A Guide on Migrating Server 2008 R2 DC with Server 2019
At the 9 to 5 job, we received two new Dell PowerEdge R240 servers. These servers were to replaced our current Domain Controllers which are PowerEdge 860s. The PowerEdge 860 from Dell are great servers, but there hard drive controller is iSCSI.
The game plan was simple, but I wanted to test everything out within a virtual environment before touching the real machines. First, I created two VMs with Windows Server 2008 R2 SP1 and made them Domain Controllers. I then located the primary server that holds FSMO.
I added two more servers into the mix and installed Windows Server 2019 and I Domain joined them into the Windows Server 2008 R2 SP1 Active Directory. These two machines are the PowerEdge R240. Again, we’re testing everything out within a VM environment before doing anything with the real servers in the LAN room.
I also have a Windows 10 machine added to the mix to make sure I’m able to log into the Active Directory once I cut over to the new servers.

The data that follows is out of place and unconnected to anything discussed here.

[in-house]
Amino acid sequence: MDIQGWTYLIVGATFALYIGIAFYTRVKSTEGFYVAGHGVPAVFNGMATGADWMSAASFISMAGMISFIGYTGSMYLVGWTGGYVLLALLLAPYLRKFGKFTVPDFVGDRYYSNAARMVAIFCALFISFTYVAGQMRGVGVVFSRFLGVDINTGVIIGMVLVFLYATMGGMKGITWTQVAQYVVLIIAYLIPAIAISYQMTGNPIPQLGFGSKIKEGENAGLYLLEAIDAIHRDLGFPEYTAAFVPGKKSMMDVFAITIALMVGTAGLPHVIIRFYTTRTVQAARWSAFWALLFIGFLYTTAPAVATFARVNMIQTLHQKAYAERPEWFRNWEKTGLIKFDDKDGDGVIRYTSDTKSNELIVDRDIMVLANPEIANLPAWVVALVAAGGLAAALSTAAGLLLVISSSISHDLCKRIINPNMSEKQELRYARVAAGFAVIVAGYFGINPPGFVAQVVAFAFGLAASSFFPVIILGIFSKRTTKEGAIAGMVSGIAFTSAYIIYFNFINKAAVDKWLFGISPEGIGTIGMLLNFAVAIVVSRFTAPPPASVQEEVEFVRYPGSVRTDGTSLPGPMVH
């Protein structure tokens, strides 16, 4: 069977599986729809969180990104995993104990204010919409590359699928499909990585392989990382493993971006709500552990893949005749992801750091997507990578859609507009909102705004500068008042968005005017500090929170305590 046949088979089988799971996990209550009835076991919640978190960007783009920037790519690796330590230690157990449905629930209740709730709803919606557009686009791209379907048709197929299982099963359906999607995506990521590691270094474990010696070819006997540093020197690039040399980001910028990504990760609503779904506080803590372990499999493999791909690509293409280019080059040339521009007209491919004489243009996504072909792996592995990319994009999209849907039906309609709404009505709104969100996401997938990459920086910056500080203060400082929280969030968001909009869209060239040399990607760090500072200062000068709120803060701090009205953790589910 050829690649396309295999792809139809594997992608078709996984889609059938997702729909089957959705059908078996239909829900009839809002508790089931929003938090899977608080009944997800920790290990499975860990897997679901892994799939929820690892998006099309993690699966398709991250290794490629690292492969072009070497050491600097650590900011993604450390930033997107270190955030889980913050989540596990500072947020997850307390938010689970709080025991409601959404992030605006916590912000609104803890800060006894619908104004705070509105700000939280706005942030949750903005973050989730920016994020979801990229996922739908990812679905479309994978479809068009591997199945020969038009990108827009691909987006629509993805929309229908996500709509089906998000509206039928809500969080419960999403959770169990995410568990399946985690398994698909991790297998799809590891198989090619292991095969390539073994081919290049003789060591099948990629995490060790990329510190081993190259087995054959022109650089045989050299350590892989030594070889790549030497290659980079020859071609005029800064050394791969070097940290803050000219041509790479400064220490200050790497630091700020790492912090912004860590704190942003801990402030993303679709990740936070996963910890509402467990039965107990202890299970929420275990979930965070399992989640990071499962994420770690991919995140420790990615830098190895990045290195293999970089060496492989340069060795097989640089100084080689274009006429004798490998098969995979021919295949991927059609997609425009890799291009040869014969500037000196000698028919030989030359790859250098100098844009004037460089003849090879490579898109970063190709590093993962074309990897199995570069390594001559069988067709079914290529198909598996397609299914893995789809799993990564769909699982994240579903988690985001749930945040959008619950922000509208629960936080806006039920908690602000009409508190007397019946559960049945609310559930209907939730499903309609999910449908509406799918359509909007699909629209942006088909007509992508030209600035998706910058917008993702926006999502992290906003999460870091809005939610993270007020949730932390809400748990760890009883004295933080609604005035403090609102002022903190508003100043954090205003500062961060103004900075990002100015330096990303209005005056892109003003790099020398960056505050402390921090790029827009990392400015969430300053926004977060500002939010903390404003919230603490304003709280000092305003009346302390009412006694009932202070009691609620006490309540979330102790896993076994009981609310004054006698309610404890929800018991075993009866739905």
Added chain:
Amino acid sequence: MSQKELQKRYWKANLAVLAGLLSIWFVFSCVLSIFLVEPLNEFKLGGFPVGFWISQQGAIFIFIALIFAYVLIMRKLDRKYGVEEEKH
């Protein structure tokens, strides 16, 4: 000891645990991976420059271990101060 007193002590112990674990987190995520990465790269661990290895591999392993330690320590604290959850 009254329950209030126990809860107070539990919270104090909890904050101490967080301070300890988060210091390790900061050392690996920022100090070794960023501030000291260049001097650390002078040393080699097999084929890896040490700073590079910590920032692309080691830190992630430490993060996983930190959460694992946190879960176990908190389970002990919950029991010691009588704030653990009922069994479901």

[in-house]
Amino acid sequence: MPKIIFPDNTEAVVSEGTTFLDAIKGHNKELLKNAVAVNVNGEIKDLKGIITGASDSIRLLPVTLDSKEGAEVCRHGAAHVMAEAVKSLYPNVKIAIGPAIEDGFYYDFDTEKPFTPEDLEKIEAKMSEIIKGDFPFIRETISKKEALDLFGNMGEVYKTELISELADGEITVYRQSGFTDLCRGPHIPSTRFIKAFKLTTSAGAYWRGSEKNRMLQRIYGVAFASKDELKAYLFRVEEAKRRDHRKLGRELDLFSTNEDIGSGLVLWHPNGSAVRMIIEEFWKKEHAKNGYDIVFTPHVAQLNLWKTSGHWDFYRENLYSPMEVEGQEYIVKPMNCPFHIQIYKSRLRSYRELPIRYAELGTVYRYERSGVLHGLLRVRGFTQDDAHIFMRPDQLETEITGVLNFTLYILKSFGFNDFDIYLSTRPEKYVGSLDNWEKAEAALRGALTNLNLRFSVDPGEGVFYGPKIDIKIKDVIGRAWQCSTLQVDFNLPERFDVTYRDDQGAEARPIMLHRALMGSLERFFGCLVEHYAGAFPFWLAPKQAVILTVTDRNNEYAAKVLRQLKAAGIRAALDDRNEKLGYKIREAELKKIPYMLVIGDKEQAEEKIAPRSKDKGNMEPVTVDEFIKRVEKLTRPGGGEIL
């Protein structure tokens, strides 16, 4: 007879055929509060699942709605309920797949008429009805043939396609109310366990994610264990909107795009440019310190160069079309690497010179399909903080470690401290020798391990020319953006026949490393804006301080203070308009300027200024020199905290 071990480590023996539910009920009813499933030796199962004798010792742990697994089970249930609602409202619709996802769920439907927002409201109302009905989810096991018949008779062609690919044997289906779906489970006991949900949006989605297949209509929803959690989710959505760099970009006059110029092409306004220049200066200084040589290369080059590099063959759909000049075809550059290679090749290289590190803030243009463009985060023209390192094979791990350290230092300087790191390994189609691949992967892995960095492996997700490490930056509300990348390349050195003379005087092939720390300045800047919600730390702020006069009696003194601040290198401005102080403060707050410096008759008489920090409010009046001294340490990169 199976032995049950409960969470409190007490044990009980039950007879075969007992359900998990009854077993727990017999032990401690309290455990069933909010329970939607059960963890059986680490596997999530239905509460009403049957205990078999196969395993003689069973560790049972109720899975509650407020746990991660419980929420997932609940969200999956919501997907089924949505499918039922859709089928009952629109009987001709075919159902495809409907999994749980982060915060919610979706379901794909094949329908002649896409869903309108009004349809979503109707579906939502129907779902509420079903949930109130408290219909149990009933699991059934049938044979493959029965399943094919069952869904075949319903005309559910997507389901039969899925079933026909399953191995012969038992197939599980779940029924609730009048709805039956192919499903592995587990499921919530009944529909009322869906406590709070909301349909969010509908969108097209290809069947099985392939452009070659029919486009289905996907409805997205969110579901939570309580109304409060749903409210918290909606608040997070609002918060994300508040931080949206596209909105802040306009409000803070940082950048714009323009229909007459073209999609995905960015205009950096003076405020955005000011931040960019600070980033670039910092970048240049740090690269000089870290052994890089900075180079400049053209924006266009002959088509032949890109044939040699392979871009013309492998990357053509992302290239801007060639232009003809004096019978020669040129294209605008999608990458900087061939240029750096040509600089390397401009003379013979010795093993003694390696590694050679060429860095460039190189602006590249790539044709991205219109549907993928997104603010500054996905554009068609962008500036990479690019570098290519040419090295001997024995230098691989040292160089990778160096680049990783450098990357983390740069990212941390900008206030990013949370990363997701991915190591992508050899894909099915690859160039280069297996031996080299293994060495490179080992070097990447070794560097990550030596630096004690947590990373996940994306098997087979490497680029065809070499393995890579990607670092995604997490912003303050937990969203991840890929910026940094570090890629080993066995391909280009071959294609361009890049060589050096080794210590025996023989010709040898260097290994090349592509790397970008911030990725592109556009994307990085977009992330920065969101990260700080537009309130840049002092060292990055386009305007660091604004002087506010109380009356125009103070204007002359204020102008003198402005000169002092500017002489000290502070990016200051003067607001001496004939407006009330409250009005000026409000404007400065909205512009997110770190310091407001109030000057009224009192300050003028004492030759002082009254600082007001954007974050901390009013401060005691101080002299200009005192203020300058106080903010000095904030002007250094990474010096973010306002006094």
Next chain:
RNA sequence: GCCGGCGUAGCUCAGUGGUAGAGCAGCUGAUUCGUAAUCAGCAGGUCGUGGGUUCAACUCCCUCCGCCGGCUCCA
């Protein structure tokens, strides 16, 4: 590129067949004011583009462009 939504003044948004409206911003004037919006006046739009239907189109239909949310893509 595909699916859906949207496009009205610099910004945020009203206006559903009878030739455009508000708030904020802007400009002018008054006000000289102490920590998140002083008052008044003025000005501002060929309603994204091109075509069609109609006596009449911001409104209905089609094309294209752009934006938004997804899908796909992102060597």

You will need to raise the domain and forest functional level on your Windows Server 2008 R2 Domain Controller server.
Within the new servers that are running Windows Server 2019. Install Active Directory Domain Services and promote the new servers to a Domain Controller.
When you are finish promoting both servers to a Domain Controller the servers will automatically reboot and be added to the Domain Controller OU.
You need to move the FSMO roles over by using the following PowerShell cmdlet: Move-ADDirectoryServerOperationMasterRole
Then run DCPROMO on your old Domain Controllers. In my case they were the servers running Windows Server 2008 R2 SP1.
Continue to run DCPROMO on the old servers until the Domain Controller OU only shows the new Domain Controllers.
I recommend watching the full detailed video because these are only highlight on migrating Server 2008 R2 Domain Controller with Windows Server 2019.
The only thing that should be mentioned if that DFS has to be upgraded to DFSR before you can promote the Windows Server 2019 server to a DC.